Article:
Furthermore, I’m not convinced that Shmuel said anything about bat kol and predestination. See the Munich 95 manuscript of Moed Katan, which first has “40 days before the embryo’s formation,” and Oxford 366, Vatican 108 and Vatican 134, which add Rav’s statement about 40 days. Rav Yehuda often cites Rav and often cites Shmuel, his teachers. I’ve seen plenty of variants in manuscripts, or Gemara vs. Rif/Rosh, where Rav Yehuda citing Rav is substituted with him citing Shmuel. Also, as we see from the Sotah and Sanhedrin parallels, the Talmud frames the contradiction even if statements are made by different Amoraim. I suspect that this was Rav’s statement, and the bat kol going out “each day” was a scribal error drawn from the common phraseology of bat kol (Avot 6:2; Taanit 24b; Berachot 17b; Chullin 86a). Rav and Shmuel might then have quite different views of bashert. If Shmuel doesn’t adopt predestination, this can account for his halachic position, instead of harmonizing via prayer. Recall that concern for preemption is a matter of Tannatic dispute, so there might be real theological difference.

Rambam (Shemonah Perakim) asserts that marriage cannot be preordained. One’s choice of spouse impacts his spiritual growth, and people have free will in yirat shamayim. Rav Yaakov Emden makes this work with the Gemara, with zivug rishon for the very young and zivug sheni when they’re old enough to apply their bechira. I’d suggest that Rambam sometimes argues with Chazal on theology, asserting that a Talmudic opinion was a minority position. Here, he could point to Shmuel and Rabbi Yehuda as support.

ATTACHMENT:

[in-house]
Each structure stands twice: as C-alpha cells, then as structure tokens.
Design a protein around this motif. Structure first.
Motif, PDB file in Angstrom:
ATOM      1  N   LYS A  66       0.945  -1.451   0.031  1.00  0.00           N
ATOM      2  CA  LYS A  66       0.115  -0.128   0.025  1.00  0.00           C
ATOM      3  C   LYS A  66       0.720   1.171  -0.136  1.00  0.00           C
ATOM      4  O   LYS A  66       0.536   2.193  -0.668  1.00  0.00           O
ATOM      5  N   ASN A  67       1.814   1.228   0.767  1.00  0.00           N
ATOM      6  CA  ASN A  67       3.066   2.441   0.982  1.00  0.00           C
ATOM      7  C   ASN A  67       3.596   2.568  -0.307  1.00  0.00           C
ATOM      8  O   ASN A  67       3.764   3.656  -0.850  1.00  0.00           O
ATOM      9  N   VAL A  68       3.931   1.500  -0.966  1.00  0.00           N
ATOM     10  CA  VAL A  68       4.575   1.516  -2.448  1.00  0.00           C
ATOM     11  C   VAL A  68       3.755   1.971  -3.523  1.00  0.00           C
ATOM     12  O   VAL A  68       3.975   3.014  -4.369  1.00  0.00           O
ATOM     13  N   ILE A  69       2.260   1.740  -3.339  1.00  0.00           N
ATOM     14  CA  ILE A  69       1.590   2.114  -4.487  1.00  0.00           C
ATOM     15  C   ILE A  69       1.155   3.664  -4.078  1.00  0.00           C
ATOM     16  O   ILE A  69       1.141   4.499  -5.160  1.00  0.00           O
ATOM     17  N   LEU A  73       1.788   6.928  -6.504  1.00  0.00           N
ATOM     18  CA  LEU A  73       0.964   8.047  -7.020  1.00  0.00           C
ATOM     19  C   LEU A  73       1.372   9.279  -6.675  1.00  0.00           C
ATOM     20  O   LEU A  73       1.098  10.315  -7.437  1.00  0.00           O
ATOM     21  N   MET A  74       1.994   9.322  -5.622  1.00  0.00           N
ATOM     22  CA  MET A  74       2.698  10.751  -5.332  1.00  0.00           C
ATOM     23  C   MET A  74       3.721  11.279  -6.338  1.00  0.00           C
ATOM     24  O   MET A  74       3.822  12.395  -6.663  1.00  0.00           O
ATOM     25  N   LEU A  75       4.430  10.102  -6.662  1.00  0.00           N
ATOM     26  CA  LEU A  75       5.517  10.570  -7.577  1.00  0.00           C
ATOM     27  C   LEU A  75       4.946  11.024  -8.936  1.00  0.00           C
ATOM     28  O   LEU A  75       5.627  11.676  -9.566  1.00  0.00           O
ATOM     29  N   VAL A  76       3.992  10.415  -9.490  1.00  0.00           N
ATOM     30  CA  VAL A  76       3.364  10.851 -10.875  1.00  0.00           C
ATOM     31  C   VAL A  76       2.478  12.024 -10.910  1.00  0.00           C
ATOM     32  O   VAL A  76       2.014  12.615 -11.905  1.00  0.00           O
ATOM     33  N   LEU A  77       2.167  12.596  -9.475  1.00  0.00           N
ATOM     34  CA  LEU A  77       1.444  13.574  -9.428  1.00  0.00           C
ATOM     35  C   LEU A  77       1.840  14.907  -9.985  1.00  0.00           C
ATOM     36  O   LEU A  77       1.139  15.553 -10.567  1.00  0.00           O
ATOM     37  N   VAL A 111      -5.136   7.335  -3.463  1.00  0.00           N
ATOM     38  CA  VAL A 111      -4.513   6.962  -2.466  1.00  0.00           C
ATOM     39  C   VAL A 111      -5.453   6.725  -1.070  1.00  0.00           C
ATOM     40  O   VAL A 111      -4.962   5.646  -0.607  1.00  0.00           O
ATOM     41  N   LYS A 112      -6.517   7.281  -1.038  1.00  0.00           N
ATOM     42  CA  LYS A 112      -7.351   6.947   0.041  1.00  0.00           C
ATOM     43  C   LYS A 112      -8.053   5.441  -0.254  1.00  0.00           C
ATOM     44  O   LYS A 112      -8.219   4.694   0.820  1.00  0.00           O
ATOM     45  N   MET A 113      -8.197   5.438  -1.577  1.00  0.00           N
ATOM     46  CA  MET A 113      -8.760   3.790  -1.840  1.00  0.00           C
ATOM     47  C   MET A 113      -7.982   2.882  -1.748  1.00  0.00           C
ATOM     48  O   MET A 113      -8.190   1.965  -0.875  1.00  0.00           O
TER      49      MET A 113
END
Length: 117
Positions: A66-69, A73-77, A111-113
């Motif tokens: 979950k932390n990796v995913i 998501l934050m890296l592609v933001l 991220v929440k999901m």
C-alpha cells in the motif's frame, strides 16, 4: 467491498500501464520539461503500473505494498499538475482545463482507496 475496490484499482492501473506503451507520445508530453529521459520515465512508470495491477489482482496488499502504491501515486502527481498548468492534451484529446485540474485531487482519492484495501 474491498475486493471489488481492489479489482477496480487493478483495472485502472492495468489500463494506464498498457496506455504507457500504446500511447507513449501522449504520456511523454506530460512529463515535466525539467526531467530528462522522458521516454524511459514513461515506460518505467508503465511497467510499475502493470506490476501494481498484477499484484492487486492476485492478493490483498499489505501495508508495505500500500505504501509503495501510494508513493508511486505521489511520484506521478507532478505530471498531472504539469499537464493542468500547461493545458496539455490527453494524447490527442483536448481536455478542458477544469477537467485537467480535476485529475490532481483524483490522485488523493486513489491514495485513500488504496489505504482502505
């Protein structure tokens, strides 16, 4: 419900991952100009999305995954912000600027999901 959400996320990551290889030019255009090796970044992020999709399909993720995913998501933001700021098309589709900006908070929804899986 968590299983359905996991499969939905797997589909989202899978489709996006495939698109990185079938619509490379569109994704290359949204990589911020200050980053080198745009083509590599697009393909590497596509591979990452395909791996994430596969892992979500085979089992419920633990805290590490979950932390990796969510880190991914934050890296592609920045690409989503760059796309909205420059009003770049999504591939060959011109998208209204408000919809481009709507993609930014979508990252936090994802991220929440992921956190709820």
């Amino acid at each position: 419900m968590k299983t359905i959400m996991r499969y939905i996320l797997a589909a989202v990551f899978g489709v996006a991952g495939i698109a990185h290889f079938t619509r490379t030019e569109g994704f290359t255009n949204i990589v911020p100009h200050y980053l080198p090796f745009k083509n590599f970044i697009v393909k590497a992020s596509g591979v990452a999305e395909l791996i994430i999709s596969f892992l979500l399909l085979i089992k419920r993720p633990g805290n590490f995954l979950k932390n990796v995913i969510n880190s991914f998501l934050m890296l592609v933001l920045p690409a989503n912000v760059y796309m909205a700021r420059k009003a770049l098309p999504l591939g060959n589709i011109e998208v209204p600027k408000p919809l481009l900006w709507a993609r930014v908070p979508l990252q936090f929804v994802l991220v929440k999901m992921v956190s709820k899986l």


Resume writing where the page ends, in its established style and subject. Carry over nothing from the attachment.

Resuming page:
1. In context, בַּת פְּלוֹנִי is like בֵּית פְּלוֹנִי and שְׂדֵה פְלוֹנִי, indicating girl X rather than X’s daughter. Also, if divorces are preordained, they’d be “ploni alimony.”

2. How could either be “difficult” for Hashem? My father suggests the weak link is the need for human participation. Hashem didn’t split the Yam until Nachshon ben Aminadav took the literal leap of faith, wading in up to his neck. Shidduchim similarly require a human leap of faith/mesirat nefesh.

3. In computer science terms, it seems finding optimal matches is exponential. Gale and Shapely won a Nobel Prize for defining a “stable match,” where a match won’t break up because A prefers B more than his present spouse, and B prefers A more than her present spouse, and describing a linear-time algorithm for finding matches.

4. A variant of 1:6 has שֶׁמָּא יְקַדְּמֶנּוּ אַחֵר בְּרַחֲמִים, but that’s from the Gemara’s harmonization. Zohar 1:92a is similarly based.

5. Munich 95 adds house C to D; בית might be accidental duplication of בת.


Rabbi Dr. Joshua Waxman teaches computer science at Stern College for Women, and his research includes programmatically finding scholars and scholastic relationships in the Babylonian Talmud.